globalmkts22116

Yesterday’s new Party Lines:

COMMODITIES: “It’s a supply thing, not a demand thing”
STOCKS: “This huge correction is not warranted by the data”

The robotic unanimity was stupifying at times: like a procession of Stepford Wives, the Davos whores appeared on camera to ‘explain’ why they – halfway up a Swiss mountain and entirely up themselves – know better than those just a few shades closer to the real world in New York, London, Berlin, Paris and Shanghai who find central bank tiger-balm incredible. As for those struggling to find jobs (or even the means by which ends might meet) many shades of grey below the bright young metropolitan Things, who cares what they know? They know nothing except tedious stuff like aged relatives, the price of bus fares, how to survive until the pension kicks in, and what to do about the mortgage they can’t afford any more…not even at Zirp interest rates.

But way up there in the rarified air of Davos, there’s obviously been a mass outbreak of altitude sickness. And what it’s telling us is that lead balloons can fly. No seriously, folks: they can.
Perhaps I should start by deconstructing Thursday’s oven-fresh, half-baked analyses.

COMMODITIES: “It’s a supply thing, not a demand thing”

There is an extent to which oil’s price has been artificially depressed by geopolitical manipulation and OPEC/Iranian/fracked additions to the glut. But if we had the robust economies all these muppets talk about, why wouldn’t producers and consumers just hoover up the gluts with glee?

And why, when asked what they’re doing to cope with new market conditions, do these BSDs all say “we’re gonna reduce expenses”….by which they mean firing people? So all these fired people, they’re going to use the heat from being fired to fire up consumption, right?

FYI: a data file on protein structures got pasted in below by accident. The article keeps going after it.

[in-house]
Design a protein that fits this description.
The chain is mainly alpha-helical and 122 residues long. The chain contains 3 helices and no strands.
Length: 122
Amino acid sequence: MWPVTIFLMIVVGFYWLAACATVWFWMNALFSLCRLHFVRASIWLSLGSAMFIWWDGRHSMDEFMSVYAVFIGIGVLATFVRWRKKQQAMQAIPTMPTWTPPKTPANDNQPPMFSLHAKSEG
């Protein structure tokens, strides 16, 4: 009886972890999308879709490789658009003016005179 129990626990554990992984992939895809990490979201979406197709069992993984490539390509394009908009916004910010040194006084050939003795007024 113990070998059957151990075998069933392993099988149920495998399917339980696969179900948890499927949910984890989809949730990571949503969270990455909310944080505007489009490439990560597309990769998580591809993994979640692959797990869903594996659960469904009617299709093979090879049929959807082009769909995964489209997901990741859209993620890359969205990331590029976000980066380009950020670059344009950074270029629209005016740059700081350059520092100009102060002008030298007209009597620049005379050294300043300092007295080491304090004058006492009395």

Also I need someone to explain why there is a copper, timber, cement and iron ore price plunge as well. Is this perhaps to do with miners and lumberjacks working all the overtime that God sends to keep gluts high and prices low?

Pretty much every objective statistic attracting any degree of trust shows shipping, trade and global overtime at an all-time low.And by the way, did anyone notice that US unemployment benefit requests just peaked? “We’re looking into it,” said another fat talking head, “it’s a mystery we’re tryin’ to puzzle out right now.”

Give me strength.

STOCKS: “This huge correction is not warranted by the data”

What data exactly are they looking at? This is what the Bank of America CEO told us yesterday afternoon:
“Things are looking good in Europe….the PMIs are optimistic, and the EU consumer has lots of money to spend”.

That is not even worthy of being called an ex cathedra assertion. It doesn’t even qualify as spin. It is a black lie. I don’t have any truck with PMI surveys: they’re just opinions about next month, not audits lastmonth. Month after month for the last five years they have been wrong – that is, overly optimistic.

And if you can find any data anywhere showing that many mass market EU consumers have “lots of money” then I’d be happy to deconstruct it. Here in France, unemployment has risen yet again, every retailer is in recession, DIY stores are flatlining and benefits are rising. In ClubMed, Italian banks are only surviving through draconian anti-shorting legislation, Portugal is in political stasis and Spain is both angry about austerity and riddled with regional nationalism. Growth has come to a halt in Germany, the refugee situation has turned into an expensive farce, and Greece is….well, barely a Sovereign State any more.

Mr Draghi makes another promise